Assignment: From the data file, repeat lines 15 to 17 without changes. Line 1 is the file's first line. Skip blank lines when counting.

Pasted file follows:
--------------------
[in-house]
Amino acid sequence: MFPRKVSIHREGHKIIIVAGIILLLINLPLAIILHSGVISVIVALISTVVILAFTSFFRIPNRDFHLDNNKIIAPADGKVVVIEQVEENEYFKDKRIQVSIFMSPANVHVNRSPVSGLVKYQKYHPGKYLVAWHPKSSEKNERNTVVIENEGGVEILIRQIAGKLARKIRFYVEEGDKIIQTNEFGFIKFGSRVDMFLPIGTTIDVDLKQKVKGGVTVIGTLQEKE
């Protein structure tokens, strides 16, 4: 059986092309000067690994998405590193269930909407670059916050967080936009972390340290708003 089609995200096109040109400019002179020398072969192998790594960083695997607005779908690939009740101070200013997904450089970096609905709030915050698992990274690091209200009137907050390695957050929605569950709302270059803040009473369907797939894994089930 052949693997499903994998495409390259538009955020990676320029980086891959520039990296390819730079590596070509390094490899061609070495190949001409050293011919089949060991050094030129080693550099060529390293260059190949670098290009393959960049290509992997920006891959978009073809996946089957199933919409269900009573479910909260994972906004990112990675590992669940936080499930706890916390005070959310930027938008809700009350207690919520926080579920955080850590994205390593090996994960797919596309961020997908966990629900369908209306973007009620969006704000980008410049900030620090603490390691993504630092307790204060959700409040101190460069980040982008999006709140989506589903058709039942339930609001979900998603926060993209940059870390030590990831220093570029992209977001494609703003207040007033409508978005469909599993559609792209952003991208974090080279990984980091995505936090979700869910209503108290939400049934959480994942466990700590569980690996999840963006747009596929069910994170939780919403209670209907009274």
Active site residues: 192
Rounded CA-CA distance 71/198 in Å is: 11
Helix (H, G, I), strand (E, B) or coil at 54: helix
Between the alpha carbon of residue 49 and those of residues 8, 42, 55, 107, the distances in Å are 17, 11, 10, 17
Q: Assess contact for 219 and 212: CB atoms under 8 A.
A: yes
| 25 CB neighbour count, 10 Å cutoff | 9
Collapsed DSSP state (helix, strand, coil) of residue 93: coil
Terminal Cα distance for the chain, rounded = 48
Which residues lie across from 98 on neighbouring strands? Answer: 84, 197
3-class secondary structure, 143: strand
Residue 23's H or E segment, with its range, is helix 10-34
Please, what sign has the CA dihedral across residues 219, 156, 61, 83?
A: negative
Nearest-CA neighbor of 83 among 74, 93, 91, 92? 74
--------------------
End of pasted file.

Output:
Residue 23's H or E segment, with its range, is helix 10-34
Please, what sign has the CA dihedral across residues 219, 156, 61, 83?
A: negative